Kurdish general among four killed in Iraq blast

Kurdish general among four killed in Iraq blast
3 min read
A prominent Iraqi Kurdish commander has been killed in a bombing near the northern city of Kirkuk, as the Iraqi president visits Iran to discuss the latest security developments.
The peshmerga forces have been battling IS fighters on several fronts [AFP]

A roadside bomb blast killed a Kurdish peshmerga major general and three of his bodyguards in Iraq's Daquq region on Tuesday, senior officers said. The blast also wounded five others.

The attack comes as Iraqi President Fuad Masum begins his two-day visit to Tehran to discuss the latest security developments in the region and boost economic ties.

The visit, which is Masum's first trip to Tehran since taking office last year, came after an invitation from Iranian President Hassan Rouhani who came to power in 2013.

Iran plays a key role in Iraq’s politics and economy and has been a major supporter of Shia militias in the country’s battle against the Islamic State (IS) group.

Islamic State fight

Tuesday's bomb blast killed Major General Salah Dilmani while he was touring the peshmerga front against the IS group, south of the city of Kirkuk, army official Ismail Hamid said.

Delmani was the commander in Daquq, a village south of Kirkuk on the road to Baghdad, which was recently recaptured from IS.

The peshmerga forces of Iraq's autonomous northern region of Kurdistan have been battling IS fighters on several fronts, from Iraq's northwestern borders with Syria to areas just northeast of Baghdad, near the border with Iran.

On Monday, Kurdish leader Massud Barzani, said his forces had "broken the spine" of the Islamic State (IS) group with the help of international allies.

"Thanks to (the Kurds') opposition and the help of their friends in the coalition, the spine of the Islamic State is broken," Barzani said after talks with Hungarian Prime Minister Viktor Orban in Budapest.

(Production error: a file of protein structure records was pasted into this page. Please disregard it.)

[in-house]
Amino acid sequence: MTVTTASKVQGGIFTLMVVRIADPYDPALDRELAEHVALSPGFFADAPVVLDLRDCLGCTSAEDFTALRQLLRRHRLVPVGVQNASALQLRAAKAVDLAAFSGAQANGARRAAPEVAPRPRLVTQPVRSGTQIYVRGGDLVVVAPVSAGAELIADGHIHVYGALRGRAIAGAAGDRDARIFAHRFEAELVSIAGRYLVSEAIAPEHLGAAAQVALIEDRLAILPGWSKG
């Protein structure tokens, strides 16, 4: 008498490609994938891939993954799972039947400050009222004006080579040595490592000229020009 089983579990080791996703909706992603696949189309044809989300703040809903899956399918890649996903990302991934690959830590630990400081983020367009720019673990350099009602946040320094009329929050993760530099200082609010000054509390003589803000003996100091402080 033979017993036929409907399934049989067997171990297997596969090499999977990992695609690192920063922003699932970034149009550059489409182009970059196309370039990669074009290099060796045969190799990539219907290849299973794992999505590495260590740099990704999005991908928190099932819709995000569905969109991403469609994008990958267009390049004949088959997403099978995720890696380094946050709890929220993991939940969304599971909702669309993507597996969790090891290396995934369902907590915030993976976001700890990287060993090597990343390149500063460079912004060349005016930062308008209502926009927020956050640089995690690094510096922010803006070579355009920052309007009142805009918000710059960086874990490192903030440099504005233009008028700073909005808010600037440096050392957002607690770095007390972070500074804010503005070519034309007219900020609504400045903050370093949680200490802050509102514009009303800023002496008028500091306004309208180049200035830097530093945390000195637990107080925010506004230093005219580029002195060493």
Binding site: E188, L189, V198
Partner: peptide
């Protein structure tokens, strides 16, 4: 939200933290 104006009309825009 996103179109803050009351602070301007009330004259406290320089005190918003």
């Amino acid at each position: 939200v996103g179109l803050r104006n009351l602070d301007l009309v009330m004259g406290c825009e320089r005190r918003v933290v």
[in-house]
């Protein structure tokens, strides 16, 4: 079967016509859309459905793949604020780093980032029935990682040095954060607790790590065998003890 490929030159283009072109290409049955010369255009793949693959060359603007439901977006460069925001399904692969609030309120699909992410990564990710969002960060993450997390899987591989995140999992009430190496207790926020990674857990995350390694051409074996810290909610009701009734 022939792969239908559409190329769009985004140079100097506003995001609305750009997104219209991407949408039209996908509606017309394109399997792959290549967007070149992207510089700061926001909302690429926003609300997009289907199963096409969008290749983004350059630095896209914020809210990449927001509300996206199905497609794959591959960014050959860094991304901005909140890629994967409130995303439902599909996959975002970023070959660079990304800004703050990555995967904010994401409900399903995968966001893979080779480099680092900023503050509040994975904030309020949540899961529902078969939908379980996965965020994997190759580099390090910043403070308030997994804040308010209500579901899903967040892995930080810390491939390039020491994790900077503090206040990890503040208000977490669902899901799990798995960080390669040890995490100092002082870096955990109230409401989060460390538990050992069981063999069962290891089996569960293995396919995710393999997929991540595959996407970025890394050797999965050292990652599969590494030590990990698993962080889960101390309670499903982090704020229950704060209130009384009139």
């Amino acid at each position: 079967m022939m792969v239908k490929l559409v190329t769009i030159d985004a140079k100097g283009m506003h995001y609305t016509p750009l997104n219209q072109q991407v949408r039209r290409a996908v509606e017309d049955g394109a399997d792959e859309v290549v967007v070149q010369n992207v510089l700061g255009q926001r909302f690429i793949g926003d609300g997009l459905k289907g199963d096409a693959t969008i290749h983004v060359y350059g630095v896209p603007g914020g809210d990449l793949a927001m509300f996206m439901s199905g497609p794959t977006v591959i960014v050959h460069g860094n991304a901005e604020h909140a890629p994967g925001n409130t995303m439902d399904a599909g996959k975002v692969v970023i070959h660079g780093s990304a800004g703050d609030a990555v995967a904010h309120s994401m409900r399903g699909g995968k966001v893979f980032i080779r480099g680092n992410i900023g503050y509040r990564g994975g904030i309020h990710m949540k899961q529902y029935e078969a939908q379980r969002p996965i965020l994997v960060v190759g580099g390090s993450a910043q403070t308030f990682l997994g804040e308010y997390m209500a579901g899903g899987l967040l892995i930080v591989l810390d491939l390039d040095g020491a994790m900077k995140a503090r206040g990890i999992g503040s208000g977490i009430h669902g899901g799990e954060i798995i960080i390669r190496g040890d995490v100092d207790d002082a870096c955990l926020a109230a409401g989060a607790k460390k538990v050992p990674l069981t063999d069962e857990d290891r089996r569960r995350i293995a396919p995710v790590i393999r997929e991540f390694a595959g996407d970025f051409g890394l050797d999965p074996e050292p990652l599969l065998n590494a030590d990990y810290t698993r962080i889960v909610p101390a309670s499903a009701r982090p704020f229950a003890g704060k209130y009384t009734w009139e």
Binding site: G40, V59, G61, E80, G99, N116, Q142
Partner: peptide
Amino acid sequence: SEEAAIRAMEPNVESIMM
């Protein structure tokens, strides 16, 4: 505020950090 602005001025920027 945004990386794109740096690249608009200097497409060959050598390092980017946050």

Hungary recently joined the fight against IS by committing to send some 150 soldiers to Iraqi Kurdistan's capital, Arbil.

Barzani said that although "the danger is not over", he was hopeful the days of the brutal militant organisation were numbered.

The Kurdish president is in Budapest on an official state visit after wrapping up a trip to Washington where he met US President Barack Obama to discuss the situation in Iraq.

Barzani appealed for more humanitarian aid and asked the US to arm his Peshmerga forces directly instead of passing though the federal government in Baghdad.

The Peshmerga, backed by US airstrikes, have prevented IS from advancing far from the mainly Arab cities they have seized in Iraq and into the area controlled by the Kurds.

But Barzani warned that his region was now dealing with more than one-and-a-half million refugees and internally displaced people" who have fled IS.

Shia pilgrims

Iraqi authorities have also been on high alert as the flux of Shia worshippers flocking to the Kadhimiya shrine in Baghdad for an annual ritual nears its climax.

Worshippers have in recent days started walking to Kadhimiya, site of a shrine dedicated to Imam Musa Kadhim, the seventh of 12 revered imams in Shia Islam, who died in 799 AD.

The intense security alert comes after a car bomb blast targeting the pilgrims killed at least seven people on Saturday and wounded around 20.

The marching worshippers and the hundreds of tents along their path where they can rest, eat and drink are considered particularly vulnerable to attacks.